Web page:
The Vengeance of Rome: The Fourth Volume of the Colonel Pyat Quartet

Byzantium Endures, the first volume of Michael Moorcock’s legendary Pyat Quartet, appeared in 1981. The Laughter of Carthage (1984) and Jerusalem Commands (1992) followed. Now the quartet is complete. Pyat keeps his appointment with the age’s worst nightmare.

Born in Ukraine on the first day of the century, a Jewish antisemite, Pyat careered through three decades like a runaway train. Bisexual, cocaine-loving engineer/inventor/spy, he enthusiastically embraces Fascism. Hero-worshipping Mussolini, he enters the dictator’s circle, enjoys a close friendship with Mussolini’s wife and is sent by the Duce on a secret mission to Munich, becoming intimate with Ernst Rahm, the homosexual stormtrooper leader. His crucial role in the Nazi Party’s struggle for power has him performing perverted sex acts with “Alf,” as the Fuhrer’s friends call him.

Pyat’s extraordinary luck leaves him after he witnesses Hitler’s massacre of Rahm and the SA. At last he is swallowed up in Dachau concentration camp. Thirty years later, having survived the Spanish Civil War, he is living in Portobello Road and telling his tale to a writer called Moorcock.

This authoritative edition presents this work for the first time in the United States, along with a new introduction by Alan Wall.

Praise:

“The Vengeance of Rome comes along to remind us of what we have been missing: the dynamism of a nineteenth-century master operating with all of the darts and shuffles of our electronic, amnesiac, fast-twitch culture.” – Iain Sinclair, The Spectator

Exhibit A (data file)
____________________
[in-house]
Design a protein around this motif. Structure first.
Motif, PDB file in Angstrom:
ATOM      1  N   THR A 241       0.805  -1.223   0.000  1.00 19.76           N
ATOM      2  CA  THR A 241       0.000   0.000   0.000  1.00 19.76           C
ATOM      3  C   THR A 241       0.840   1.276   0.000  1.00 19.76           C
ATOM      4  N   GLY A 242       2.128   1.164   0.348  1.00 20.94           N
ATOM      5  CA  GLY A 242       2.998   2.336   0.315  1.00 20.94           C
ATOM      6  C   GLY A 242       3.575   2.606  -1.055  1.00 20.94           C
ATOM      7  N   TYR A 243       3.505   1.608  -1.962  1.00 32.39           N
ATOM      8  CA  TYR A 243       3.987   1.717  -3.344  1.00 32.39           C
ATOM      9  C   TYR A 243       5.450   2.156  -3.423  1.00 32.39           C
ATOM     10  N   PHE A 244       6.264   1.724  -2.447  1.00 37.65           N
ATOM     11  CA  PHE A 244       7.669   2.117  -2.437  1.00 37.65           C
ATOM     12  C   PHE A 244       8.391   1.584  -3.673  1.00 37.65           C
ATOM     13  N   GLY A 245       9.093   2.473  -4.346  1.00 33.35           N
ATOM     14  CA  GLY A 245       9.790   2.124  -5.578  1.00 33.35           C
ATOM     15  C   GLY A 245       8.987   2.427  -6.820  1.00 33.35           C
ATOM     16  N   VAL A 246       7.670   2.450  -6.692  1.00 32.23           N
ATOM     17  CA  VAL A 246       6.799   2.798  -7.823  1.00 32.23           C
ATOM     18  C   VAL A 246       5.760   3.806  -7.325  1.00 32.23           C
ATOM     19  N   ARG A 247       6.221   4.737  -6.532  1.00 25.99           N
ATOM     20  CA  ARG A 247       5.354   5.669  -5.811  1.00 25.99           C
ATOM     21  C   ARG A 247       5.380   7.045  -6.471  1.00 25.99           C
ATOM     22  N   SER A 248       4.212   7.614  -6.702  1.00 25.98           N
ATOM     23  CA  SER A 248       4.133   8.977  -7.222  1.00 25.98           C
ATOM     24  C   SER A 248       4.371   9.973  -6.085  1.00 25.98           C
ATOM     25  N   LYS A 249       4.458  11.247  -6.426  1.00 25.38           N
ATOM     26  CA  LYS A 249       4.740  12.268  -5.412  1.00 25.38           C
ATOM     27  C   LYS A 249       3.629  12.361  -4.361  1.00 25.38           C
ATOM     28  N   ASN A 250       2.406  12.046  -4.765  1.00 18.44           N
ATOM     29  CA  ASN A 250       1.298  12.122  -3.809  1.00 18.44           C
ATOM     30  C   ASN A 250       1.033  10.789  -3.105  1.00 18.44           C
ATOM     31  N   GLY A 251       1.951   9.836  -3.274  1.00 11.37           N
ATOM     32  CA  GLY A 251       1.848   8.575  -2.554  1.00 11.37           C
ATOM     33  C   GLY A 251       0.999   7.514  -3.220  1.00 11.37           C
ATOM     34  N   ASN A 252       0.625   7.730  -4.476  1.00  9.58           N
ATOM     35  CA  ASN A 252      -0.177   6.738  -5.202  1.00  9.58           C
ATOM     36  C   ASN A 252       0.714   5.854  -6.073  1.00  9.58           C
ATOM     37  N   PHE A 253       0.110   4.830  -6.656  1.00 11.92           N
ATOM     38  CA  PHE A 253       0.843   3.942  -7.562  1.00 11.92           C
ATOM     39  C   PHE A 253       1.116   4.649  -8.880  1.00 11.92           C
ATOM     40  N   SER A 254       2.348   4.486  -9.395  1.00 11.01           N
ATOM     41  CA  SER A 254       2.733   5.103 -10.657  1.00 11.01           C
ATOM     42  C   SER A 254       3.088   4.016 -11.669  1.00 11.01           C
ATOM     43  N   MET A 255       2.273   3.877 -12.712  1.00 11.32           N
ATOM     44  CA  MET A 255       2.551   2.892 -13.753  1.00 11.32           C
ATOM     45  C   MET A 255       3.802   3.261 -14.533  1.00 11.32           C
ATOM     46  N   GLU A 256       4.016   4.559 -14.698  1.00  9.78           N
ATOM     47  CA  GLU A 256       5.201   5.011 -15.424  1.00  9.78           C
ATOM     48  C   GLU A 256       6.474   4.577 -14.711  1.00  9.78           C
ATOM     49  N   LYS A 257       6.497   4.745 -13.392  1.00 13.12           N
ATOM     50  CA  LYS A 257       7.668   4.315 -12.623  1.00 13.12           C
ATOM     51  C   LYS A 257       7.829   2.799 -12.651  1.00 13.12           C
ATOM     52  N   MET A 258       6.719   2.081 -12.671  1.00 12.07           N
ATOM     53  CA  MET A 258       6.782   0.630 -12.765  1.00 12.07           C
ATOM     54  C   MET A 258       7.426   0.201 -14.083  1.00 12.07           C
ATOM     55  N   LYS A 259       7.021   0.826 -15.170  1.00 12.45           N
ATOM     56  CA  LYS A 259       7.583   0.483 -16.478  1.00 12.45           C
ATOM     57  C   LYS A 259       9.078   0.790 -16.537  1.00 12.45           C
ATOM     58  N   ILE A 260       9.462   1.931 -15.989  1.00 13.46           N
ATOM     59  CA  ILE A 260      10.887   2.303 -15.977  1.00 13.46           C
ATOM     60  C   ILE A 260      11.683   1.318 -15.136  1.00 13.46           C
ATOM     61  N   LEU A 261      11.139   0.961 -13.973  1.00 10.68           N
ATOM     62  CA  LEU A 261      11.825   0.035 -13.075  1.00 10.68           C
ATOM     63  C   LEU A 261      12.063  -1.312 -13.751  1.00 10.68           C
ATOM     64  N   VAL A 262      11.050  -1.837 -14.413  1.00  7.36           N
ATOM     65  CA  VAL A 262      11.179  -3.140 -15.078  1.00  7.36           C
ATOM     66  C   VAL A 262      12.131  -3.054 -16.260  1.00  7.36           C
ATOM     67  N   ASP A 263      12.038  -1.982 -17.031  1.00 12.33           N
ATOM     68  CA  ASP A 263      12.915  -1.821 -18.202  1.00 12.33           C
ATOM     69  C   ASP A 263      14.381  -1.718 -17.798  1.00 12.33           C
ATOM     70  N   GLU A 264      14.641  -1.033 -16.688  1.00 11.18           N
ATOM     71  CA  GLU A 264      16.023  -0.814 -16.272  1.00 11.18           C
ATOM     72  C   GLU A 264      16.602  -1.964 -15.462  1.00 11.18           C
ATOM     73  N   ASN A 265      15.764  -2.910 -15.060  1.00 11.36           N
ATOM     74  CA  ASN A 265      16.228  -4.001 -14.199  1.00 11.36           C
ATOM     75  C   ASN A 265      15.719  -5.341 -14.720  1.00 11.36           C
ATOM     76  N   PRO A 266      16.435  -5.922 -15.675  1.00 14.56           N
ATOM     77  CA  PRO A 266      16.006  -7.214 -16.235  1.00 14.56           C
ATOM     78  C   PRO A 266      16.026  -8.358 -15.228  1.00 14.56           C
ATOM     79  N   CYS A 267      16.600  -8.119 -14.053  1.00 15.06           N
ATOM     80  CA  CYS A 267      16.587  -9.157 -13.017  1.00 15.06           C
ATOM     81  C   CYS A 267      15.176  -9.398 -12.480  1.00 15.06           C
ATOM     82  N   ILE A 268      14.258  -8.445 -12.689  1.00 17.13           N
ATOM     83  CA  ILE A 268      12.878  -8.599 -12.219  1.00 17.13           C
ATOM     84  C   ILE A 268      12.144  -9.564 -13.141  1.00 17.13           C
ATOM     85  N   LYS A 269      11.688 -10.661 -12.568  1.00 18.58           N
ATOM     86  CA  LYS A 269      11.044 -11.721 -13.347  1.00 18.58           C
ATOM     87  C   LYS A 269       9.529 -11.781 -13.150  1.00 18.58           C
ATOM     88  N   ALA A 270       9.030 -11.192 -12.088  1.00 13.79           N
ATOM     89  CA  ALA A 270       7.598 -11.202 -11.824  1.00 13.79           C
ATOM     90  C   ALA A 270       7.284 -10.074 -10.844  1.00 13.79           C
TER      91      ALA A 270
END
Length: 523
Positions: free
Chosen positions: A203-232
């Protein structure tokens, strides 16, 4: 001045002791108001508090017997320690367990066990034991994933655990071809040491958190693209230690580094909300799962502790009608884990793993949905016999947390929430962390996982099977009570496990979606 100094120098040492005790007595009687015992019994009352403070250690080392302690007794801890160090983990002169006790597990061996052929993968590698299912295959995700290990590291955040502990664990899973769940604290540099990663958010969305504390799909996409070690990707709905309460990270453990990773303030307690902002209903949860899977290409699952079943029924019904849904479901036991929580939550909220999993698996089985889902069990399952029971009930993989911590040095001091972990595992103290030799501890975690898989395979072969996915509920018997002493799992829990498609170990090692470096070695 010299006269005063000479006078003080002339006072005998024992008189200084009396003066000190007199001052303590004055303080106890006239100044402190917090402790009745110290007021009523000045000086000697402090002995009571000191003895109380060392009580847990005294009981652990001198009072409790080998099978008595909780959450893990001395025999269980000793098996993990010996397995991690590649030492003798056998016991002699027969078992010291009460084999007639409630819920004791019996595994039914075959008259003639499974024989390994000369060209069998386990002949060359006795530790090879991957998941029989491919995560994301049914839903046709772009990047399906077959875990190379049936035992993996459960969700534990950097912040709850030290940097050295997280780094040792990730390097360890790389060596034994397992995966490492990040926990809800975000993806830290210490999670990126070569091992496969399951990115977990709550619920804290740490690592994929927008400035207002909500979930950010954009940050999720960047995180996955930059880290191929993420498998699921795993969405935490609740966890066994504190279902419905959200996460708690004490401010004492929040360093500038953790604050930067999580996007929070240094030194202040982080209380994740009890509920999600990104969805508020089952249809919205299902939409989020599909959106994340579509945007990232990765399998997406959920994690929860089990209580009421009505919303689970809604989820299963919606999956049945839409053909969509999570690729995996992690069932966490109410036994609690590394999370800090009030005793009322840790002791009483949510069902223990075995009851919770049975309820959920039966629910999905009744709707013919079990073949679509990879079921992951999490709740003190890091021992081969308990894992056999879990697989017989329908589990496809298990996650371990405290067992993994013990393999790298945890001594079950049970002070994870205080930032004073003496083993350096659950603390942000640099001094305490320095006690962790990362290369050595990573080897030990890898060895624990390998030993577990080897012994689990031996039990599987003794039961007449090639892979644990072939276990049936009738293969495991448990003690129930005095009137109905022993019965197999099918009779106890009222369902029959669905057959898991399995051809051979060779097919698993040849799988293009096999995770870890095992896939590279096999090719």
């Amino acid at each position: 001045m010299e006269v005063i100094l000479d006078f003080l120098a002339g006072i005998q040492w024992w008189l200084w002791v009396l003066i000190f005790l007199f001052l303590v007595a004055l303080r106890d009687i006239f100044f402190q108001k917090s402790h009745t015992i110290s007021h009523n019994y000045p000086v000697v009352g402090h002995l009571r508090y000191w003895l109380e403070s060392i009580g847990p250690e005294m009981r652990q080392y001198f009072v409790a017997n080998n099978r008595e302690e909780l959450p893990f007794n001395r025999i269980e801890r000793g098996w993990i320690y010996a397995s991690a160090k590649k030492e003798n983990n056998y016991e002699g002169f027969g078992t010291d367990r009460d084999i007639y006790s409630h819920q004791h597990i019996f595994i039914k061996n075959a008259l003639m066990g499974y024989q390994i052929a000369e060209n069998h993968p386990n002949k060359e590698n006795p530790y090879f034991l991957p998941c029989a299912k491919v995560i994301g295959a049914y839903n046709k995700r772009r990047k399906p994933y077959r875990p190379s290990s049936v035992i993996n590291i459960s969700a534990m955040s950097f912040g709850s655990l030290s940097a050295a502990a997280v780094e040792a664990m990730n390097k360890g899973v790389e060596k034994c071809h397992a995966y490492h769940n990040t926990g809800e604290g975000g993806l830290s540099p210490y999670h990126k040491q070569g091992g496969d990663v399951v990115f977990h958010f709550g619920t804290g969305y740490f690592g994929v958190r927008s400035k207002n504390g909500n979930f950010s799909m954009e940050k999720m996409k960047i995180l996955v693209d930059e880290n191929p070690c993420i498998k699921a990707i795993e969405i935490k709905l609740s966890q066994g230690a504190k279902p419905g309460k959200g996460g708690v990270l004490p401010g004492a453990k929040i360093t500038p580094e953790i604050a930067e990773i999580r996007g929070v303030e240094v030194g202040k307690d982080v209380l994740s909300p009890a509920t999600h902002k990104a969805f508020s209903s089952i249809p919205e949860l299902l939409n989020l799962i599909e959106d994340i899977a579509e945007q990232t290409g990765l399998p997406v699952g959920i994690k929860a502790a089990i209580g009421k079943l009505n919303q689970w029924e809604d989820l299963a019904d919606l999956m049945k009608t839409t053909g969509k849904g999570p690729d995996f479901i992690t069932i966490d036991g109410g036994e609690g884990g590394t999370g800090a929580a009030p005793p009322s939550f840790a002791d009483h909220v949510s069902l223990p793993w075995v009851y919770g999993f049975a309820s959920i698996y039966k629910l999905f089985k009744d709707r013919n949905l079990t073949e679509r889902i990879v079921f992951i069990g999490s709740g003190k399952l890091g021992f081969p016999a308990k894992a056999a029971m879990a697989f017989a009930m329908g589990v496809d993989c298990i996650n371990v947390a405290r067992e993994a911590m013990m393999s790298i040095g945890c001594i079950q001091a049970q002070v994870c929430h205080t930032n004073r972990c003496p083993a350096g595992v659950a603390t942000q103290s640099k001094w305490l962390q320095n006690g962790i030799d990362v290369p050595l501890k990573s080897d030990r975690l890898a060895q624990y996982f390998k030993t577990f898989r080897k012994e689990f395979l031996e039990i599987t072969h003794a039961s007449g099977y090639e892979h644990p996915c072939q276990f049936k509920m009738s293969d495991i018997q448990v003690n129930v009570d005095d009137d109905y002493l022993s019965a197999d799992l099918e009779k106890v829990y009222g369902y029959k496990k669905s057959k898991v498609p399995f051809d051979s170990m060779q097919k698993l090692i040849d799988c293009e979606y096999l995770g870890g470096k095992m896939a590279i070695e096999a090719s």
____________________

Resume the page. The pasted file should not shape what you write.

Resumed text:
“Not for Moorcock the painful, infrequent excretion of dry little novels like so many rabbit pellets; his is the grand, messy flux itself, in all its heroic vulgarity, its unquenchable optimism, its enthusiasm for the inexhaustible variousness of things. Posterity will certainly give him that due place in the English literature of the late twentieth century which his more anaemic contemporaries grudge; indeed he is so prolific it will probably look as though he has written most of it anyway.” – Angela Carter, Guardian

“A wonderfully vivid evocation of Europe in its darkest hour.” – Mail on Sunday

“A final, breath-stopping moment of deeply ironic self-delusion at the end of a grandiose, beautifully modulated quartet.” – Scotland on Sunday

“Of Moorcock’s characters…it is Colonel Pyat who is the richest, the deepest, the most complex, and who casts the strongest and most penetrating light on the century we erroneously believe we have left behind.” – Charles Shaar Murray, Independent

About Michael Moorcock:

Born in London in 1939, Michael Moorcock now lives in Texas and Paris, France. A prolific and award-winning writer with more than eighty works of fiction and nonfiction to his name, he is the creator of Elric, Jerry Cornelius, and Colonel Pyat amongst many other memorable characters.

About Alan Wall (Introduction):

Alan Wall is a novelist, short story writer, poet, and essayist. His novels include Bless the Thief, The Lightning Cage, The School of Night, China, and Sylvie’s Riddle. He is currently professor of writing and Literature at the University of Chester.

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